Conference Speakers and Titles

  • Ahmed Alwishah (Pitzer College): 'Avicenna on God's Knowledge of the Universe and Human Cognition'
  • Luc Brisson (CNRS): 'Kosmos in Plato's Laws'
  • Jackie Feke (University of Chicago): 'Ptolemy on Good Order in the Heavens and in the Soul'
  • Phillip Sidney Horky (Durham University):'When Kosmos became the Cosmos'
  • Donald Lavigne (Durham University/Texas Tech University): 'The Kosmos of Thersites'
  • Grant Nelsestuen (University of Wisconsin – Madison): 'Agronomy and Cosmonomy in the Roman Republic'
  • Pauliina Remes (Uppsala University): 'Cosmic and Human Agents in Plotinus'
  • Gilles Sauron (Université de Paris-Sorbonne (Paris IV)): 'La représentation du cosmos dans les décors romains, de Varron à Hadrien'
  • Malcolm Schofield (Cambridge University): 'Diakosmêsis'
  • Edmund Thomas (Durham University): 'Ancient Architecture in Southern Italy and the Music of the Cosmos'

Those who are interested to attend the conference should contact the organizer, Phillip Horky (Phillip.Horky@Durham.ac.uk), for further information and a provisional schedule, preferably by 10 September. A registration form will be sent to you after you contact the organizer. There is no cost for participation in the conference, which is open to the public. Accommodations and meals will take place at St. John's College, Durham, and more information on these is available from the conference organizer. All presentations will take place in the Ritson Room/CL007 at the Department of Classics and Ancient History, 38 North Bailey, Durham, DH1 3EU. There may be support for postgraduate students interested to attend the conference; please feel free to contact Dr Horky with expressions of interest or any questions. Updates on the conference can be found at workofmemory.wordpress.com.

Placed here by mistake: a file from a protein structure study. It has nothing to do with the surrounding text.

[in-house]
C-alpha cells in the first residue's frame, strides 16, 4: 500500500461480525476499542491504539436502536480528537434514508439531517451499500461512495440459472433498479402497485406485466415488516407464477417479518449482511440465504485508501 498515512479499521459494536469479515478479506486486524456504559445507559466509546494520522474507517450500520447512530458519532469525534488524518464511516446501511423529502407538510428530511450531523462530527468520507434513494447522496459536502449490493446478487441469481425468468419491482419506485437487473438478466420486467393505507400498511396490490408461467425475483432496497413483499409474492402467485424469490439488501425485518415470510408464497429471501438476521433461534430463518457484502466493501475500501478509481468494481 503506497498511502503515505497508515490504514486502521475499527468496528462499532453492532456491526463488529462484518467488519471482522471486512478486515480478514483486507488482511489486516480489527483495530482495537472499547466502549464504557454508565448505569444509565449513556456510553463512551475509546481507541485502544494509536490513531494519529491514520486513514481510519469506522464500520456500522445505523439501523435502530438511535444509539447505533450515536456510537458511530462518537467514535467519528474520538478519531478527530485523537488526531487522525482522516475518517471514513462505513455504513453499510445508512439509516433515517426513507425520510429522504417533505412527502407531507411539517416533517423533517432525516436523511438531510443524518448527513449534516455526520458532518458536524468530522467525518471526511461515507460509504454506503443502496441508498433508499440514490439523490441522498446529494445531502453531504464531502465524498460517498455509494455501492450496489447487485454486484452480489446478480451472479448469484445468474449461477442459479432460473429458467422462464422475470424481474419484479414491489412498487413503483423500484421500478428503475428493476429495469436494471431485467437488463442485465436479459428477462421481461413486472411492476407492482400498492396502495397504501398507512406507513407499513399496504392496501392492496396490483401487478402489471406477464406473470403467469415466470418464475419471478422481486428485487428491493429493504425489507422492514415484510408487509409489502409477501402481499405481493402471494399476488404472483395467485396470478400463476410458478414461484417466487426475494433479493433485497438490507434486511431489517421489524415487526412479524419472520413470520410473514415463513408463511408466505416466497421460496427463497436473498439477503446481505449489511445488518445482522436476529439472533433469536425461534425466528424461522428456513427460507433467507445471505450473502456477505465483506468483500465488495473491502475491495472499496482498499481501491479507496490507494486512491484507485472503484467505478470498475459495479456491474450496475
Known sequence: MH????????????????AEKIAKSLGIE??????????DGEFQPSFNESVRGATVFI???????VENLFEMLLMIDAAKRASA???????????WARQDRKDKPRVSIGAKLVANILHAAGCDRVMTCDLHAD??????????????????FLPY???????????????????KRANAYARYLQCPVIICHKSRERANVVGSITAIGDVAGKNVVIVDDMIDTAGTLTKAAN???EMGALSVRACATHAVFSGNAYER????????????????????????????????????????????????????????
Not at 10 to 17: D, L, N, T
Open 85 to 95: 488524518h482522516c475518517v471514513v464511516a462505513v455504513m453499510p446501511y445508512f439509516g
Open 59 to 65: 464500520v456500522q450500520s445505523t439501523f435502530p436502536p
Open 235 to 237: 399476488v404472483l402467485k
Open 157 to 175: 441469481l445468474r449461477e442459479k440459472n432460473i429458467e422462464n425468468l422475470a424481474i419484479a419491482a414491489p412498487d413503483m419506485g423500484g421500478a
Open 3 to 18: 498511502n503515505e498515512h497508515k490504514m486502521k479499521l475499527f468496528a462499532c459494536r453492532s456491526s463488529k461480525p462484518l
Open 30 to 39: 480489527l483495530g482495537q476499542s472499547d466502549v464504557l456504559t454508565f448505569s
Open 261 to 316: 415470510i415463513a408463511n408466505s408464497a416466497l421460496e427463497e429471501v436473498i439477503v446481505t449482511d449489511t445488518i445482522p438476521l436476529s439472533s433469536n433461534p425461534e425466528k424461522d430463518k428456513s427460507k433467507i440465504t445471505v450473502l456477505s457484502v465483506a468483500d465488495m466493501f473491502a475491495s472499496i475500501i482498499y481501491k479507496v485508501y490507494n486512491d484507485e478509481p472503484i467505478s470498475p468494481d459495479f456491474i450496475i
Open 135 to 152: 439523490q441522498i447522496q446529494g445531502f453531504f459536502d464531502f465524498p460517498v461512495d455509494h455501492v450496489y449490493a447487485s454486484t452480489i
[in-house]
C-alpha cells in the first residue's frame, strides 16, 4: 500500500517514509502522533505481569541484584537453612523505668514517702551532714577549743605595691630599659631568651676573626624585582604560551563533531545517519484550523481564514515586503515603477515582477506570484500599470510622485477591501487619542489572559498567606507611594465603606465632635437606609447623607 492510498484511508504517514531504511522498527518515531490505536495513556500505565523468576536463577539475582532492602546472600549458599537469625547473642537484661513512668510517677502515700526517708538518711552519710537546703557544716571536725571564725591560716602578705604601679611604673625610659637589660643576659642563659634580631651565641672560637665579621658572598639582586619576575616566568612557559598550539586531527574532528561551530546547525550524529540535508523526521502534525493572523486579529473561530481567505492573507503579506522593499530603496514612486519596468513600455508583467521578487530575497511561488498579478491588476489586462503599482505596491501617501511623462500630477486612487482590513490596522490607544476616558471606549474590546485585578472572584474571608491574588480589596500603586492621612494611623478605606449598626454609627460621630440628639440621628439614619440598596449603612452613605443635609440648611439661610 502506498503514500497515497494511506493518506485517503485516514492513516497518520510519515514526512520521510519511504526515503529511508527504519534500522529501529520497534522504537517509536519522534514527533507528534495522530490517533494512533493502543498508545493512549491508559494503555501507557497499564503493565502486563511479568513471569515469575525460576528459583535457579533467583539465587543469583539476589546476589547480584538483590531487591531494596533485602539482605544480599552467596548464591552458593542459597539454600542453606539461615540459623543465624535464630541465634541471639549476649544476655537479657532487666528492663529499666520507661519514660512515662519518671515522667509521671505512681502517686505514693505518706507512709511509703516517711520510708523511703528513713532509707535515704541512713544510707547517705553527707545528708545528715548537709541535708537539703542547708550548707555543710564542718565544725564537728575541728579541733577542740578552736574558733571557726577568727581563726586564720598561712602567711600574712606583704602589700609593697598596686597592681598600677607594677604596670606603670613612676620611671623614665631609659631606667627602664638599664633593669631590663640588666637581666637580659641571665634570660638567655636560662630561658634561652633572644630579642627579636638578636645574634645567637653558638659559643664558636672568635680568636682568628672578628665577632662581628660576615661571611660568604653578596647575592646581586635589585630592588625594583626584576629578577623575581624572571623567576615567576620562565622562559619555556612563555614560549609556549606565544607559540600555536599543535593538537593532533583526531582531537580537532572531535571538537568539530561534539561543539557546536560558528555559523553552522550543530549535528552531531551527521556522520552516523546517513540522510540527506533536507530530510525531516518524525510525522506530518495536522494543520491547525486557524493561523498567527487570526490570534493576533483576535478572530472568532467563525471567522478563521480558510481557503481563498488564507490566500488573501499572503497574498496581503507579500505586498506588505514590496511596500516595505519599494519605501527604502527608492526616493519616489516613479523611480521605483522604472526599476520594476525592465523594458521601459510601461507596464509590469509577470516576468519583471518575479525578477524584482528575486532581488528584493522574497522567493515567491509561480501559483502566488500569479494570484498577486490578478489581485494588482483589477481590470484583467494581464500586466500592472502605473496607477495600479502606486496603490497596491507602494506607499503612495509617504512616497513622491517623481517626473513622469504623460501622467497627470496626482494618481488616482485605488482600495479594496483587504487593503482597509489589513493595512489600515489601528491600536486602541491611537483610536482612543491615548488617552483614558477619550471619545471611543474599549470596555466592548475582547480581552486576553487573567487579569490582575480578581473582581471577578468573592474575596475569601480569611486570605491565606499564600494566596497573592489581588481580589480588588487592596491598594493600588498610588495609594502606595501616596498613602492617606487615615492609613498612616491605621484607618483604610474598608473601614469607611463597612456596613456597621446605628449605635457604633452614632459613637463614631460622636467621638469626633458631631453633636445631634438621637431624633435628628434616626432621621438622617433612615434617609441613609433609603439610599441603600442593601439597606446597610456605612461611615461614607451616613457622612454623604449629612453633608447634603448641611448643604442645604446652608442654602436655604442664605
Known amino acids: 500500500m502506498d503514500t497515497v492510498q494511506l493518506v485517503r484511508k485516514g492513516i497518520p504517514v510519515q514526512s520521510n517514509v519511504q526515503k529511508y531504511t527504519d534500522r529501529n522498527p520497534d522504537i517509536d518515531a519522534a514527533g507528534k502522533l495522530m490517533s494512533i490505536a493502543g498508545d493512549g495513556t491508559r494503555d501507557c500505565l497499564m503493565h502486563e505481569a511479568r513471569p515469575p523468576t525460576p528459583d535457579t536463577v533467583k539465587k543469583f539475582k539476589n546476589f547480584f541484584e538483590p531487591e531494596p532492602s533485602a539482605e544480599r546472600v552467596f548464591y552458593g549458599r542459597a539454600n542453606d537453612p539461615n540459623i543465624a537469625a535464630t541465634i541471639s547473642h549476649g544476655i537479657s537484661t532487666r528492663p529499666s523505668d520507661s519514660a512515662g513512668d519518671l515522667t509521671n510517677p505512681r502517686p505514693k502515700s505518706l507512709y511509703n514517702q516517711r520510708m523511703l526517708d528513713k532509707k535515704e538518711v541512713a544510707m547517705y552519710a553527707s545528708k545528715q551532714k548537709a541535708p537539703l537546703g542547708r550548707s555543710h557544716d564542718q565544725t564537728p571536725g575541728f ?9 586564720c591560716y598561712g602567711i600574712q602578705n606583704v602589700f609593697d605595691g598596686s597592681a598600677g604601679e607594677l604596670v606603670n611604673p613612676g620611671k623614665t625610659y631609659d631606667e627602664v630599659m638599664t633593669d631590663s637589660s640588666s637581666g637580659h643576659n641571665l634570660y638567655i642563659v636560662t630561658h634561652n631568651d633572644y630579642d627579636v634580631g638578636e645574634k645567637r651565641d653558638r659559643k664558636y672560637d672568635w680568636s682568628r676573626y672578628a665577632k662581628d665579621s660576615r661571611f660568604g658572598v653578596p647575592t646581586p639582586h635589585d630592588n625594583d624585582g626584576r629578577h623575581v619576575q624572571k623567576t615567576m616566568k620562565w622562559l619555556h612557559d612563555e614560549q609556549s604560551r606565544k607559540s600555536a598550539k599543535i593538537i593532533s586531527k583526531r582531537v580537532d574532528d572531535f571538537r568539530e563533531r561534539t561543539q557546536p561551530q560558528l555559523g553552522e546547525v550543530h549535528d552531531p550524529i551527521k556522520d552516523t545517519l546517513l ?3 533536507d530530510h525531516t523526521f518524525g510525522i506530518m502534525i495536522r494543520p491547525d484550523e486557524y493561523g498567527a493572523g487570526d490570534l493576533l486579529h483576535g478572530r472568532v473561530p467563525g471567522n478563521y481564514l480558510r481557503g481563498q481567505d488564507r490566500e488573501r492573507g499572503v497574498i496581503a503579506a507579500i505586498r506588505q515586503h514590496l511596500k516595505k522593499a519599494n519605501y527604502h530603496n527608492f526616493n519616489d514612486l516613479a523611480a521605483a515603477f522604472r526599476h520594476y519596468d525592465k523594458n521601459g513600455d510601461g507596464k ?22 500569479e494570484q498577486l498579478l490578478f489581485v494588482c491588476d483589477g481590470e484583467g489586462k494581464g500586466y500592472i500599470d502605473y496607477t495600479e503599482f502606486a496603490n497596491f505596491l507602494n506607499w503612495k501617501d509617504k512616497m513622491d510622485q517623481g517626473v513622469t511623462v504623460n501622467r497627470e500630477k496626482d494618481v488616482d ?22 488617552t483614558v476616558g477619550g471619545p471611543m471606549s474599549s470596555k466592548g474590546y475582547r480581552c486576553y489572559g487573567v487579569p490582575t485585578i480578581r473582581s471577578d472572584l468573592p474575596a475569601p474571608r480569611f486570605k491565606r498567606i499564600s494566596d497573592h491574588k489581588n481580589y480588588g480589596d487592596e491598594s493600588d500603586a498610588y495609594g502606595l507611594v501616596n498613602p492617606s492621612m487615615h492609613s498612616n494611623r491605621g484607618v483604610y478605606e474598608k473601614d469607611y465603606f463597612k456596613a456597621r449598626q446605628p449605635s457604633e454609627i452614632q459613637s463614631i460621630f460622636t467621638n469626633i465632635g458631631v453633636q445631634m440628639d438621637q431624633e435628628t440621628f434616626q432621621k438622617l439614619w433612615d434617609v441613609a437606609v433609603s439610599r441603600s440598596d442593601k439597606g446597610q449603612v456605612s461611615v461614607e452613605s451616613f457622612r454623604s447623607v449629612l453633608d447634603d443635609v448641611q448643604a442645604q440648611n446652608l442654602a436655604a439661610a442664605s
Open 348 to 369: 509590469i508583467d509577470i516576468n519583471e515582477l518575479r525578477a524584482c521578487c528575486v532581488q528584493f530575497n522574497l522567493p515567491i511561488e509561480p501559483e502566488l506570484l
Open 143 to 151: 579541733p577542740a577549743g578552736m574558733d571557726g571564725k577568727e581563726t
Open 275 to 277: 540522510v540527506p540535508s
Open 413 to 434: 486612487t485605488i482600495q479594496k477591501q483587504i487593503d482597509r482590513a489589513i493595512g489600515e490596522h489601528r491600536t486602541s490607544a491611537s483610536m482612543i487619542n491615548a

This conference has been generously supported by the Department of Classics and Ancient History at Durham University.

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From the SCS Board of Directors, approved 6/3/20

The Society for Classical Studies condemns the relentless horror of police brutality and murder of black men, women, and children, including George Floyd, Breonna Taylor, Atatiana Jefferson, Rekia Boyd, Sandra Bland, Ahmaud Arbery, Tony McDade, Freddie Gray, Eric Garner, Trayvon Martin, Tamir Rice, and Rodney King, to name just a few of the victims. Brutality perpetrated by the police and others stands with mass incarceration and unequal access to healthcare, education, and housing as symptoms of longstanding systemic, structural, and institutional racism in American and European cultures. These are deep problems in society that will not be fixed without radical policy changes at every level of government and across all institutions.